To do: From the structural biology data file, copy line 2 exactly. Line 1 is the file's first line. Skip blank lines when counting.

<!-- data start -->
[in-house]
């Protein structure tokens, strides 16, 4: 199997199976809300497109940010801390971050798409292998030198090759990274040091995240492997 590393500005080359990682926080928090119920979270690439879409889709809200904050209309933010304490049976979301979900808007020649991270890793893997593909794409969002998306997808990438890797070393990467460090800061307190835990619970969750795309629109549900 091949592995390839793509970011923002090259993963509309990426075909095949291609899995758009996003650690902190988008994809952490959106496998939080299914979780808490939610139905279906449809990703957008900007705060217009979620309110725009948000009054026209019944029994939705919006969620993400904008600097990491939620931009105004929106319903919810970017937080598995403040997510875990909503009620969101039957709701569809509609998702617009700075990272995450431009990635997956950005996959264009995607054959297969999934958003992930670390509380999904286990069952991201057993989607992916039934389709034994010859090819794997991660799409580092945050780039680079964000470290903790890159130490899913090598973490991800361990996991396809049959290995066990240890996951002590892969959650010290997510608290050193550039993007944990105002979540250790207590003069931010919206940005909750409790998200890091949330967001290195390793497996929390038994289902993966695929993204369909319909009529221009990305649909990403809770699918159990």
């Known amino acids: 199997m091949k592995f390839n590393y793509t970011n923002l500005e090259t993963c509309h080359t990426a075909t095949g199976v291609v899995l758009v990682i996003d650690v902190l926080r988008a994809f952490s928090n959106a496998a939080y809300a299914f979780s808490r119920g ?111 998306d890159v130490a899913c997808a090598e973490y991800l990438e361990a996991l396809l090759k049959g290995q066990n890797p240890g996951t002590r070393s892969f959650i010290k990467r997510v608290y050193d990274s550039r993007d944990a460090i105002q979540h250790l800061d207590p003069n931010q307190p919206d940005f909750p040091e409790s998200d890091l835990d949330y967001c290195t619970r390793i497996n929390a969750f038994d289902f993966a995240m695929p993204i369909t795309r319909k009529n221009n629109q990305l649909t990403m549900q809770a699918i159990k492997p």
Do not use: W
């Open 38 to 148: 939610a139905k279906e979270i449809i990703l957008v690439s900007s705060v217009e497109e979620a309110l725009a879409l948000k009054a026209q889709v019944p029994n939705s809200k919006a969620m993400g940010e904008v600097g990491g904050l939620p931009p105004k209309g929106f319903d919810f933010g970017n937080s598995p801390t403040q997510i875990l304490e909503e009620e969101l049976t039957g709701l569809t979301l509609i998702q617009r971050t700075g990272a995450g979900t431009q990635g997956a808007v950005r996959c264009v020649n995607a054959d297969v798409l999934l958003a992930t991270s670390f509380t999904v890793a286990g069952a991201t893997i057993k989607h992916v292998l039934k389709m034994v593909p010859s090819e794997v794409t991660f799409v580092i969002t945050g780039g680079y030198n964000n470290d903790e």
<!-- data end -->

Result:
């Protein structure tokens, strides 16, 4: 199997199976809300497109940010801390971050798409292998030198090759990274040091995240492997 590393500005080359990682926080928090119920979270690439879409889709809200904050209309933010304490049976979301979900808007020649991270890793893997593909794409969002998306997808990438890797070393990467460090800061307190835990619970969750795309629109549900 091949592995390839793509970011923002090259993963509309990426075909095949291609899995758009996003650690902190988008994809952490959106496998939080299914979780808490939610139905279906449809990703957008900007705060217009979620309110725009948000009054026209019944029994939705919006969620993400904008600097990491939620931009105004929106319903919810970017937080598995403040997510875990909503009620969101039957709701569809509609998702617009700075990272995450431009990635997956950005996959264009995607054959297969999934958003992930670390509380999904286990069952991201057993989607992916039934389709034994010859090819794997991660799409580092945050780039680079964000470290903790890159130490899913090598973490991800361990996991396809049959290995066990240890996951002590892969959650010290997510608290050193550039993007944990105002979540250790207590003069931010919206940005909750409790998200890091949330967001290195390793497996929390038994289902993966695929993204369909319909009529221009990305649909990403809770699918159990």